our sense of being a “self” is an illusory construction of our brains.
Furthermore, some commentators predict that our ethical practices of
assigning moral blame, or of recognizing others as persons rather than
as objects, will change as a result of neuroscientific discoveries that
debunk free will and the concept of the self. I contest suggestions that
neuroscience’s conclusions about the illusory nature of free will and
the self will cause significant change in our practices. I argue that we
have self-interested reasons to resist allowing neuroscience to
determine core beliefs about ourselves.



To promote the principles of nurture capital, to bring money back down to earth, to restore the soil, and to put the brakes on unsustainable, endless-growth capitalism: these are the goals of the Slow Money Alliance, co-founded by author Woody Tasch (Inquiries into the Nature of Slow Money: Investing as if Food, Farms, and Fertility Mattered).

Now, the Slow Money Alliance is launching a national grassroots campaign. They’ve crystallized their positions into 18 Slow Money Principles. Sign up and make your support of sustainable farming and sustainable community investing known to the world.

The Slow Money Principles

In order to preserve and restore local food systems and local economies; in order to reconnect food producers and consumers and reconnect investors to that in which they are investing and to the places in which they live; in order to promote the transition from an economy based on extraction and consumption to an economy based on preservation and restoration; we do hereby affirm the following Principles.

I. As it circulates the globe with ever-accelerating speed, money is sucking oxygen out of the air, fertility out of the soil and culture out of local communities.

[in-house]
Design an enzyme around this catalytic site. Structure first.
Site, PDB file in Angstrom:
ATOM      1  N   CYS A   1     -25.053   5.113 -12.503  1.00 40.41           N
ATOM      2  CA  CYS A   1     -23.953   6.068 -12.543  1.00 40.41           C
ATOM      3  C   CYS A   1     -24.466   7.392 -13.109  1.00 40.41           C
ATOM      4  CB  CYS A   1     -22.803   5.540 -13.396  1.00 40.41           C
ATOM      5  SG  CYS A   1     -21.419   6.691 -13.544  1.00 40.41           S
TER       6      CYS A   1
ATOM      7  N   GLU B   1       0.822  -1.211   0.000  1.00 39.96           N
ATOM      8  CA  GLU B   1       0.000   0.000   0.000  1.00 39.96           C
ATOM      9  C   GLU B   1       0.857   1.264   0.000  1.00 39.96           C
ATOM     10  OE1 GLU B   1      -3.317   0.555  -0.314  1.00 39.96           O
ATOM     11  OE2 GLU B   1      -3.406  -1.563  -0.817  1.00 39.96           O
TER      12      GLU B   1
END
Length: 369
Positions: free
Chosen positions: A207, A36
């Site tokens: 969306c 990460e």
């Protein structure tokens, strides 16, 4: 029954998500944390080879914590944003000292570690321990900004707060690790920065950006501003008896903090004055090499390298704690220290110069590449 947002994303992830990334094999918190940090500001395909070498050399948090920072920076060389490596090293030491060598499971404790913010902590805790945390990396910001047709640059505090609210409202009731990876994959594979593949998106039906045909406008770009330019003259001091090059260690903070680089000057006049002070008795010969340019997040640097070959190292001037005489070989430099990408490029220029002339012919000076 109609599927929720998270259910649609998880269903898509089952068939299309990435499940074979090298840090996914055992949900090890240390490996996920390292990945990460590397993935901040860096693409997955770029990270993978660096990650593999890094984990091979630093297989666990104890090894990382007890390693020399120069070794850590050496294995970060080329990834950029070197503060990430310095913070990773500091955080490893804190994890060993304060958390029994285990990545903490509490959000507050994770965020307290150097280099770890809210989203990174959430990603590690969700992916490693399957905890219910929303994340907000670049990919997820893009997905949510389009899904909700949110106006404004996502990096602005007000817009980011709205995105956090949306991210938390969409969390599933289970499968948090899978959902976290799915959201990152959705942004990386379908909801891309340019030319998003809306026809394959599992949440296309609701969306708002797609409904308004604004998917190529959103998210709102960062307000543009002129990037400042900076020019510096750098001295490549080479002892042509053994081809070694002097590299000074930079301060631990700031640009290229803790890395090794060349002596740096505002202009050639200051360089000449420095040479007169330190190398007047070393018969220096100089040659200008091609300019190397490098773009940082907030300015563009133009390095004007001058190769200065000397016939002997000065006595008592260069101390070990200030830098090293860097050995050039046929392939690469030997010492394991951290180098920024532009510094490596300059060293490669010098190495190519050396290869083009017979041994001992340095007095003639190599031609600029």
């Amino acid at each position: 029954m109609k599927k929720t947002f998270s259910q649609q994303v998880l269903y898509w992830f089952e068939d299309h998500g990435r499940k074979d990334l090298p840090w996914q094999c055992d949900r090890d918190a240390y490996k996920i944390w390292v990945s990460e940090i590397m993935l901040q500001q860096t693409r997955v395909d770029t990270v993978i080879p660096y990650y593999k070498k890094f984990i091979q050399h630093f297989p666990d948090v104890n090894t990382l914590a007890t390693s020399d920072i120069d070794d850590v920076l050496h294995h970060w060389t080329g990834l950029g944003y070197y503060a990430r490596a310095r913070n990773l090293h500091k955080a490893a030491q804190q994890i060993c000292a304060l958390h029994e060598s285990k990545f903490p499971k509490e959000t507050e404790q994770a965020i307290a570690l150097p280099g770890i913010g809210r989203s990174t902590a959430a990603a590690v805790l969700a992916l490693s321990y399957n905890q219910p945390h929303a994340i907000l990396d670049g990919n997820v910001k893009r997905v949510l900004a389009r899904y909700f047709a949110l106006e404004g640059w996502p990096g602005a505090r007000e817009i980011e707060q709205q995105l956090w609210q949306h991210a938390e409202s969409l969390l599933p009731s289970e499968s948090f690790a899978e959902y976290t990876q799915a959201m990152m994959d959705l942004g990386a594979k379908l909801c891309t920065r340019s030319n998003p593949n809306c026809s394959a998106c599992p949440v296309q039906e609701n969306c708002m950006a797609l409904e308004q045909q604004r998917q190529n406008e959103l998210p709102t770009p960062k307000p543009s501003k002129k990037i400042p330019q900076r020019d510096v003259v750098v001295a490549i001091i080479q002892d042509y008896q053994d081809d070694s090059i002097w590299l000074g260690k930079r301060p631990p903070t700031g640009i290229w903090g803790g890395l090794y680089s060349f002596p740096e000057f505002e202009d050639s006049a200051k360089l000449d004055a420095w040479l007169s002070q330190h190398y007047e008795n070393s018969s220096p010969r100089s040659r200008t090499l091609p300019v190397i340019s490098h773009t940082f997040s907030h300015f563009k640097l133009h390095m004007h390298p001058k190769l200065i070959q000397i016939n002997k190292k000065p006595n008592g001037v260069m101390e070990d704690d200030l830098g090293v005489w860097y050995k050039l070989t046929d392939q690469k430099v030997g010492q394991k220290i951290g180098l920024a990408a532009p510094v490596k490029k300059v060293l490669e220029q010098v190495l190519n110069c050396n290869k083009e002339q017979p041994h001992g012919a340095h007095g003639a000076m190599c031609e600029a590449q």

II.The problems we face with respect to soil fertility, biodiversity, food quality and nutrition are not primarily problems of technology. They are problems of finance.

III.In a system organized to optimize the efficient use of capital and the production of cheap commodities, we should not be surprised to end up with millions of acres of GMO corn, billions of food miles, dying Main Streets, kids who think food comes from supermarkets, obesity epidemics side by side with hunger, food deserts, depleted aquifers and chemical-laden food and farmland.

IV.The soil is not just a medium in which to hold plant roots so they can be force fed a chemical diet and a company is not just a medium into which to pour capital so that it can produce maximum profits.

V.Only .1% of U.S. foundation grants and negligible venture capital flows to sustainable agriculture. Existing concepts of fiduciary responsibility do not recognize the value of and cannot respond adequately to the needs of small food enterprises.

VI.Carrying capacity, care of the commons, sense of place, appropriate scale, cultural and ecological diversity, fertility, nonviolence—these are principles of meta-fiduciary responsibility for the 21st century.

VII.We must bring money back down to earth.

VIII.We must give investors the tools they need to invest in slow, small and local. We must support entrepreneurs who see business as a tool for improving the health of land, household, community and bioregion.

IX.We must build a nurture capital industry.

X.There is something beautiful about a diversified organic farm. There is something beautiful about a CSA. There is something beautiful about Terra Madre. There is nothing beautiful about bovine growth hormone or Red Dye #4 or high fructose corn syrup or most school lunch programs.

Read the whole set of Slow Money Principles, and sign on, here.







money the movie


Paymo is one of a growing class of companies that allows consumers to purchase in-game items, subscriptions, and other digital goods through mobile phones. Users authorize payment through a PIN sent to their phones, and the charge is applied to their phone bills. We spoke with Paul recently about his company and his thoughts on the future of the mobile payment space.

The cell phone is being used as an authentication and billing device. This transaction is more secure than a credit card transaction because the consumer 1) submits his/her cell phone number, 2) receives a text message to validate payment intent, and 3) sends a text message back to confirm. The carrier then charges the cell phone bill and deducts credit.



About Twollars

The Twollars idea was conceived by Internet entrepreneurs Eiso Kant and Mac Taylor. They noticed that there was an enormous amount of ‘social energy’ on Twitter that goes unmeasured. They realised that if this energy could be converted into a symbolic standard, it could then be passed around like a currency.

It’s a way to convert your ‘good deed’, your knowledge, your energy, your generosity it into a new form of money. By converting your Tweet into Twollars you can now pass that value on to others. You can reward others for their Tweet. And they can do the same. And soon you have new way of valuing and rewarding all the people you like, admire, and appreciate.